First Look: Apple's New and Improved 80GB iPod
At a Glance
Apple Fifth Generation iPod (Late 2006) 80GB
Apple's latest iPod costs a lot, but it boasts a great screen and tons of storage, in addition to a easy-to-use interface.
Refinement: That's what you get out of Apple's latest iPod. For this latest generation of players, Apple hasn't made any huge changes, but it has introduced a brighter screen and an extra 20GB of capacity on the high-end model. I tested the 80GB model (priced at $349) and found a music and occasional video player that's just about as good as it can get.
The 80GB model is the flagship of the revamped iPod line that Apple announced on September 12. Other new models are an enhanced 30GB hard-drive player at $249; new 2GB ($149, silver only), 4GB ($199), and 8GB ($249, black only) iPod Nanos in colorful iPod Mini-style aluminum cases; and a super-tiny new 1GB iPod Shuffle at $79.
Movies debut as well in the iTunes store built into iTunes 7, along with features such as automatic downloads of cover art, and a "cover flow" view of the iTunes library that lets you flip through albums as if you were examining a rack of CDs.
For music playback, not much has changed. The iPod remains an excellent MP3 player, and its sound quality continues to rank with the best around. The latest version adds gapless playback, eliminating the pauses between tracks on an album, and thereby permitting a smoother listening experience. In our lab tests, the iPod earned very good scores for audio quality, comparable to those received by Creative's Zen VisionM and Toshiba's Gigabeat S. I did notice a slight hiss when listening to the iPod through a pair of high-end Shure E500 PTH headphones, however.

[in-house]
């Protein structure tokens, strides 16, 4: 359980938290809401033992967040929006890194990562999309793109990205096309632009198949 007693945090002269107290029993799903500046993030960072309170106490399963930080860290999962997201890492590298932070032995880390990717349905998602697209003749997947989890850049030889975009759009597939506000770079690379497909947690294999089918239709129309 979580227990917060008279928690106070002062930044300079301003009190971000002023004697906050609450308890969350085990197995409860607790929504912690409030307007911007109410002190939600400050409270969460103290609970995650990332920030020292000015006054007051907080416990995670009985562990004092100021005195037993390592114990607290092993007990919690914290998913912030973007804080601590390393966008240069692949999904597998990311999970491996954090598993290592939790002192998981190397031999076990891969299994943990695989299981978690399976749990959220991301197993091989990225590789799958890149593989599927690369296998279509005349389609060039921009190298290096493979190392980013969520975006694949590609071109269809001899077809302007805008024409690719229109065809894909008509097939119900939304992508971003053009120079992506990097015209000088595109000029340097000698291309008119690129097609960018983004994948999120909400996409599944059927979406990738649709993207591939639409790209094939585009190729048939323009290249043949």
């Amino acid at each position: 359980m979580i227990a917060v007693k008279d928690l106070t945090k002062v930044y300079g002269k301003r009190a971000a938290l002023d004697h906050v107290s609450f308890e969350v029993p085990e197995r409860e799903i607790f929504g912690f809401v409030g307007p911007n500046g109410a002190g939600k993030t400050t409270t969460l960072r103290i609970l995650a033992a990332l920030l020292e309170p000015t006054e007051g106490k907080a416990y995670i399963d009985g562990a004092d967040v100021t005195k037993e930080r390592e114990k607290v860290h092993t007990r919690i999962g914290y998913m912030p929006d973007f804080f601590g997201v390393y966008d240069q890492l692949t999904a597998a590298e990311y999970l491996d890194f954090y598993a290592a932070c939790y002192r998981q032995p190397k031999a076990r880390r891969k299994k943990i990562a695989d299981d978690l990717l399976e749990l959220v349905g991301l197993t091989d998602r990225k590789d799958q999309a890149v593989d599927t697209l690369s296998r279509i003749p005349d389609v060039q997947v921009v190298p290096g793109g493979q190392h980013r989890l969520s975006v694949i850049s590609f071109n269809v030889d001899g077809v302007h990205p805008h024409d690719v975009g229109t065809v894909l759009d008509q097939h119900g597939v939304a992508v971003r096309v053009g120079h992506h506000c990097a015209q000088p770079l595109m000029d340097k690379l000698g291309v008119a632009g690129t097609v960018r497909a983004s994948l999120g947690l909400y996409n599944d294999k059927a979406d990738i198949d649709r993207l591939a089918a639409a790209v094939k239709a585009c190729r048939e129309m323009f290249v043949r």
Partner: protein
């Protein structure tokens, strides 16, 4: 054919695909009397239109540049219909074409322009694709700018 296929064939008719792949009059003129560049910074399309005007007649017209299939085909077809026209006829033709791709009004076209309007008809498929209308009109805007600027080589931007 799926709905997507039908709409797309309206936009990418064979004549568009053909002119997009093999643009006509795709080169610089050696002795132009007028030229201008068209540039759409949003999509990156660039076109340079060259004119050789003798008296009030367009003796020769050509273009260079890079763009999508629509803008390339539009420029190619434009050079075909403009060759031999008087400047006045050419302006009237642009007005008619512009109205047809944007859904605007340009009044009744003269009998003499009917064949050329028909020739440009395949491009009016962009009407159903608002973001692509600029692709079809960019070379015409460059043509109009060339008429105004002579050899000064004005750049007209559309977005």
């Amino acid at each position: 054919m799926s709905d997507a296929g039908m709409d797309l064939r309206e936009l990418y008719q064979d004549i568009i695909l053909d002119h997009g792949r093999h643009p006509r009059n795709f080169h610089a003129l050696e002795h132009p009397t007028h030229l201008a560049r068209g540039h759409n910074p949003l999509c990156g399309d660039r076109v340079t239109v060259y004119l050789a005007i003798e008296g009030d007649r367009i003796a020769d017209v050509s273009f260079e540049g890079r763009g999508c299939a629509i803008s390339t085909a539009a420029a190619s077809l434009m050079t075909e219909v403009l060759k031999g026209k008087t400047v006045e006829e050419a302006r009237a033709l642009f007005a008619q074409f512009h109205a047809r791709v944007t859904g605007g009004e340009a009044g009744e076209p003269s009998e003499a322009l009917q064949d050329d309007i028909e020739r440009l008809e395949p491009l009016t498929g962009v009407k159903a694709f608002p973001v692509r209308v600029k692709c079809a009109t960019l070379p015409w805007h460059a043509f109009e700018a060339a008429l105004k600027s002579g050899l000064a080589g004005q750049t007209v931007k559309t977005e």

Apple's familiar ClickWheel lets you navigate your music library with ease, scrolling through individual items and then through letters of the alphabet as you accelerate. A new search feature lets you scroll to select a few letters in order to pick out a song, artist, or album. With 80GB of storage on board--20GB more than most competitors (and the previous high-end iPod) muster--such features are welcome.
Apple claims that the 2.5-inch 320-by-240-pixel screen on the new iPods is 60 percent brighter than the screen that previous models used--and the new display does look great, on a par with the excellent screen on the Creative Zen VisionM. Videos were very watchable on the display, and they're easier to get. The new iTunes 7 features a movie store with an impressive array of releases available for $10 apiece, complementing its growing library of TV episodes. Most full-length features ran about 1.5GB. The title I tested (Pirates of the Caribbean: The Curse of the Black Pearl) looked very crisp for a 320-pixel production.
Games make an appearance on the iPod as well, with nine titles--including Tetris, Pac-Man, and Bejewled--available from the iTunes store for $5 each. Happy as ever to find yet another device to play Tetris on, I downloaded a copy and had a blast learning to line up blocks using the Click Wheel.
Unfortunately, iTunes 7 was battling its fair share of problems at press time. I experienced occasional crashes on both a PC and a Mac, and also was disappointed by the new album art search feature, which often failed to find art for releases that had valid links back to the iTunes store. That and the small but noticeable hiss I picked up were the new iPod's only blemishes.
Apple's latest iPod may cost a lot, but it boasts an upgraded screen and tons of storage.
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